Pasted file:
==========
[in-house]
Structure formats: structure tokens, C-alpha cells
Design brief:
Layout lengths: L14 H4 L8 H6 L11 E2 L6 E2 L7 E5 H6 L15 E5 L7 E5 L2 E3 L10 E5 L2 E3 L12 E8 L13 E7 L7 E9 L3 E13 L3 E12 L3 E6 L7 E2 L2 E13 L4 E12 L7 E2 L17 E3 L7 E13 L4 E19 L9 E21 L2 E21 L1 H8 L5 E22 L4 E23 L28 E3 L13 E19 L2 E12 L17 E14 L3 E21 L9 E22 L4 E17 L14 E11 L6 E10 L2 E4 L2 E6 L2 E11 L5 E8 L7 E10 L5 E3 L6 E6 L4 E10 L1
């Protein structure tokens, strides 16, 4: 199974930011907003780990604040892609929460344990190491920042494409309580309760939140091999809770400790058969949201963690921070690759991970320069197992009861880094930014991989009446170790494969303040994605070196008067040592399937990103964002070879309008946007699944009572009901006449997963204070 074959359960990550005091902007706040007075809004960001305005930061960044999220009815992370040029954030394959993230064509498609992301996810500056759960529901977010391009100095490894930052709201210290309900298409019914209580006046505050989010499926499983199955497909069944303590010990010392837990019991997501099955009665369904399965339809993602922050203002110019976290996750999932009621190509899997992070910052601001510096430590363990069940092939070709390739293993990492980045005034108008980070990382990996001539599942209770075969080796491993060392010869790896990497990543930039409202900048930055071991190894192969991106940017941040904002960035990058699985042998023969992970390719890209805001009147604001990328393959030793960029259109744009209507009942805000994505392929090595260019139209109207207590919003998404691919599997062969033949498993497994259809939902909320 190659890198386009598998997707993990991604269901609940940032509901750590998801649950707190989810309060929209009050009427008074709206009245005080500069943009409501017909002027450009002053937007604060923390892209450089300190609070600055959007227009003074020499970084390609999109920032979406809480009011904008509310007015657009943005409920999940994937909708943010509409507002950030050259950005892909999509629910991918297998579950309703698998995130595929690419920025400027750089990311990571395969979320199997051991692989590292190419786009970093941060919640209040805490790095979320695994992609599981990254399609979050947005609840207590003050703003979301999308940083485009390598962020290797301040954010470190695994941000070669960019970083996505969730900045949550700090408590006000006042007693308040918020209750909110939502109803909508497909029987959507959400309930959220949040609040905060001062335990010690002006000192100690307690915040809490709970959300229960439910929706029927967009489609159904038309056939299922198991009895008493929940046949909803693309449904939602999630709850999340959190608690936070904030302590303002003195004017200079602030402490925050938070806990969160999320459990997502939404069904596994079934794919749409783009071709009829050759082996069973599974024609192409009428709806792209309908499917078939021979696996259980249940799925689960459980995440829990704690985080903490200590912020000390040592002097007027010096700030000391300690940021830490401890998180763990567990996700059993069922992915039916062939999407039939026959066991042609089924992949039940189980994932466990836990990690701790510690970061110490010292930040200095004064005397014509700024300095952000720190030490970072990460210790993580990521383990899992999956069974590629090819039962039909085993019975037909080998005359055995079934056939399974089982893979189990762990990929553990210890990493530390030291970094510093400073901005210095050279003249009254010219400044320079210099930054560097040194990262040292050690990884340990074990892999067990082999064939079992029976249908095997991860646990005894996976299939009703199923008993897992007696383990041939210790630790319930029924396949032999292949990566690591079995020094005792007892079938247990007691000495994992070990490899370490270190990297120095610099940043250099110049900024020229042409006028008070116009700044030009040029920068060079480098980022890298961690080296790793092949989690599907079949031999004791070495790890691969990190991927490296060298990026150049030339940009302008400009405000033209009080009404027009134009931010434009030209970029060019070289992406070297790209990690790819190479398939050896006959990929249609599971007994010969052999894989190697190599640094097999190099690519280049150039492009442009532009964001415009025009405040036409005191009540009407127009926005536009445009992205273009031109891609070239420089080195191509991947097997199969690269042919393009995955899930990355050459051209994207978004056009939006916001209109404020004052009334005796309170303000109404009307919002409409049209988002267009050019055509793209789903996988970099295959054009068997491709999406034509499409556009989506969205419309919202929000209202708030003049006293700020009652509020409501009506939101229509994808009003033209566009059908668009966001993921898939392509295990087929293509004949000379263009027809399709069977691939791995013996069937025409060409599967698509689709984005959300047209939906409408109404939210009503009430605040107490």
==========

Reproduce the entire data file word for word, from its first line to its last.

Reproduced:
[in-house]
Structure formats: structure tokens, C-alpha cells
Design brief:
Layout lengths: L14 H4 L8 H6 L11 E2 L6 E2 L7 E5 H6 L15 E5 L7 E5 L2 E3 L10 E5 L2 E3 L12 E8 L13 E7 L7 E9 L3 E13 L3 E12 L3 E6 L7 E2 L2 E13 L4 E12 L7 E2 L17 E3 L7 E13 L4 E19 L9 E21 L2 E21 L1 H8 L5 E22 L4 E23 L28 E3 L13 E19 L2 E12 L17 E14 L3 E21 L9 E22 L4 E17 L14 E11 L6 E10 L2 E4 L2 E6 L2 E11 L5 E8 L7 E10 L5 E3 L6 E6 L4 E10 L1
């Protein structure tokens, strides 16, 4: 199974930011907003780990604040892609929460344990190491920042494409309580309760939140091999809770400790058969949201963690921070690759991970320069197992009861880094930014991989009446170790494969303040994605070196008067040592399937990103964002070879309008946007699944009572009901006449997963204070 074959359960990550005091902007706040007075809004960001305005930061960044999220009815992370040029954030394959993230064509498609992301996810500056759960529901977010391009100095490894930052709201210290309900298409019914209580006046505050989010499926499983199955497909069944303590010990010392837990019991997501099955009665369904399965339809993602922050203002110019976290996750999932009621190509899997992070910052601001510096430590363990069940092939070709390739293993990492980045005034108008980070990382990996001539599942209770075969080796491993060392010869790896990497990543930039409202900048930055071991190894192969991106940017941040904002960035990058699985042998023969992970390719890209805001009147604001990328393959030793960029259109744009209507009942805000994505392929090595260019139209109207207590919003998404691919599997062969033949498993497994259809939902909320 190659890198386009598998997707993990991604269901609940940032509901750590998801649950707190989810309060929209009050009427008074709206009245005080500069943009409501017909002027450009002053937007604060923390892209450089300190609070600055959007227009003074020499970084390609999109920032979406809480009011904008509310007015657009943005409920999940994937909708943010509409507002950030050259950005892909999509629910991918297998579950309703698998995130595929690419920025400027750089990311990571395969979320199997051991692989590292190419786009970093941060919640209040805490790095979320695994992609599981990254399609979050947005609840207590003050703003979301999308940083485009390598962020290797301040954010470190695994941000070669960019970083996505969730900045949550700090408590006000006042007693308040918020209750909110939502109803909508497909029987959507959400309930959220949040609040905060001062335990010690002006000192100690307690915040809490709970959300229960439910929706029927967009489609159904038309056939299922198991009895008493929940046949909803693309449904939602999630709850999340959190608690936070904030302590303002003195004017200079602030402490925050938070806990969160999320459990997502939404069904596994079934794919749409783009071709009829050759082996069973599974024609192409009428709806792209309908499917078939021979696996259980249940799925689960459980995440829990704690985080903490200590912020000390040592002097007027010096700030000391300690940021830490401890998180763990567990996700059993069922992915039916062939999407039939026959066991042609089924992949039940189980994932466990836990990690701790510690970061110490010292930040200095004064005397014509700024300095952000720190030490970072990460210790993580990521383990899992999956069974590629090819039962039909085993019975037909080998005359055995079934056939399974089982893979189990762990990929553990210890990493530390030291970094510093400073901005210095050279003249009254010219400044320079210099930054560097040194990262040292050690990884340990074990892999067990082999064939079992029976249908095997991860646990005894996976299939009703199923008993897992007696383990041939210790630790319930029924396949032999292949990566690591079995020094005792007892079938247990007691000495994992070990490899370490270190990297120095610099940043250099110049900024020229042409006028008070116009700044030009040029920068060079480098980022890298961690080296790793092949989690599907079949031999004791070495790890691969990190991927490296060298990026150049030339940009302008400009405000033209009080009404027009134009931010434009030209970029060019070289992406070297790209990690790819190479398939050896006959990929249609599971007994010969052999894989190697190599640094097999190099690519280049150039492009442009532009964001415009025009405040036409005191009540009407127009926005536009445009992205273009031109891609070239420089080195191509991947097997199969690269042919393009995955899930990355050459051209994207978004056009939006916001209109404020004052009334005796309170303000109404009307919002409409049209988002267009050019055509793209789903996988970099295959054009068997491709999406034509499409556009989506969205419309919202929000209202708030003049006293700020009652509020409501009506939101229509994808009003033209566009059908668009966001993921898939392509295990087929293509004949000379263009027809399709069977691939791995013996069937025409060409599967698509689709984005959300047209939906409408109404939210009503009430605040107490």